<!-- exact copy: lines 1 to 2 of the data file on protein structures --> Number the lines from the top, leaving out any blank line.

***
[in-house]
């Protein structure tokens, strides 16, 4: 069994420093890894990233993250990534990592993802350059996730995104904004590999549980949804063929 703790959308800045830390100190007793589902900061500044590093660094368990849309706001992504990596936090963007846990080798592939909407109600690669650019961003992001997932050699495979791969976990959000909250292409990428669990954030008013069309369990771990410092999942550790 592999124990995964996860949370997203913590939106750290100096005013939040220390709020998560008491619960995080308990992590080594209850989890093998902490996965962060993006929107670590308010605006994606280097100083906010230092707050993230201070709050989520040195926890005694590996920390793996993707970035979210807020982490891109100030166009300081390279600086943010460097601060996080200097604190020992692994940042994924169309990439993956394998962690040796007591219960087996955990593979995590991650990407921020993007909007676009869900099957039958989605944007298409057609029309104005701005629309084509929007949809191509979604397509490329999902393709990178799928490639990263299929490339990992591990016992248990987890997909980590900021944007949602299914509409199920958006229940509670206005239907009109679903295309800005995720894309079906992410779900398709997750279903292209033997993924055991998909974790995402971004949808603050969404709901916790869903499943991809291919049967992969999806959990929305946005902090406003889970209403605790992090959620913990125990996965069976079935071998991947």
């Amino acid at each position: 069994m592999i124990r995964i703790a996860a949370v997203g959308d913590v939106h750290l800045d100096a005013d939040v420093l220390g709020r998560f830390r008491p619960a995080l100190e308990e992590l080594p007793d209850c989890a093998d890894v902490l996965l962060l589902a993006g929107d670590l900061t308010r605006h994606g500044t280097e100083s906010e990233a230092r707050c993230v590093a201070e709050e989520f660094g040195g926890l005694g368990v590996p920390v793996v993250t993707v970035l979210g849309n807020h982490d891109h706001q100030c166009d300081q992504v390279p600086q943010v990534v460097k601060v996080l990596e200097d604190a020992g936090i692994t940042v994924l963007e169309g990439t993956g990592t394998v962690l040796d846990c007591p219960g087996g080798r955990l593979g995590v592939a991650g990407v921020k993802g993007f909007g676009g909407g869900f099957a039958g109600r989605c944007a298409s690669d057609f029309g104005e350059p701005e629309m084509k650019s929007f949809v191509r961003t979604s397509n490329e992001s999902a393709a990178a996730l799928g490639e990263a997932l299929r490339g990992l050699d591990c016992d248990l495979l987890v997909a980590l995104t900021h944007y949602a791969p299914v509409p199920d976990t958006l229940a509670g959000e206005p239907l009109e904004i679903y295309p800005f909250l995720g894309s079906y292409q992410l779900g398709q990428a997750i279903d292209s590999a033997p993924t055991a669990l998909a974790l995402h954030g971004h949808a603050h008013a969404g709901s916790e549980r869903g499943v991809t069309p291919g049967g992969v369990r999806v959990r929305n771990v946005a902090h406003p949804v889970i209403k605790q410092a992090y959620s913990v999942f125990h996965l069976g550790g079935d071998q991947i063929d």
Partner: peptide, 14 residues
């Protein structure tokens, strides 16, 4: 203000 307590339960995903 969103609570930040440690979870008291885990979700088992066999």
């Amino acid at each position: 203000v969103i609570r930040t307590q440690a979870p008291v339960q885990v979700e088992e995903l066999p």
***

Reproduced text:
[in-house]
């Protein structure tokens, strides 16, 4: 069994420093890894990233993250990534990592993802350059996730995104904004590999549980949804063929 703790959308800045830390100190007793589902900061500044590093660094368990849309706001992504990596936090963007846990080798592939909407109600690669650019961003992001997932050699495979791969976990959000909250292409990428669990954030008013069309369990771990410092999942550790 592999124990995964996860949370997203913590939106750290100096005013939040220390709020998560008491619960995080308990992590080594209850989890093998902490996965962060993006929107670590308010605006994606280097100083906010230092707050993230201070709050989520040195926890005694590996920390793996993707970035979210807020982490891109100030166009300081390279600086943010460097601060996080200097604190020992692994940042994924169309990439993956394998962690040796007591219960087996955990593979995590991650990407921020993007909007676009869900099957039958989605944007298409057609029309104005701005629309084509929007949809191509979604397509490329999902393709990178799928490639990263299929490339990992591990016992248990987890997909980590900021944007949602299914509409199920958006229940509670206005239907009109679903295309800005995720894309079906992410779900398709997750279903292209033997993924055991998909974790995402971004949808603050969404709901916790869903499943991809291919049967992969999806959990929305946005902090406003889970209403605790992090959620913990125990996965069976079935071998991947």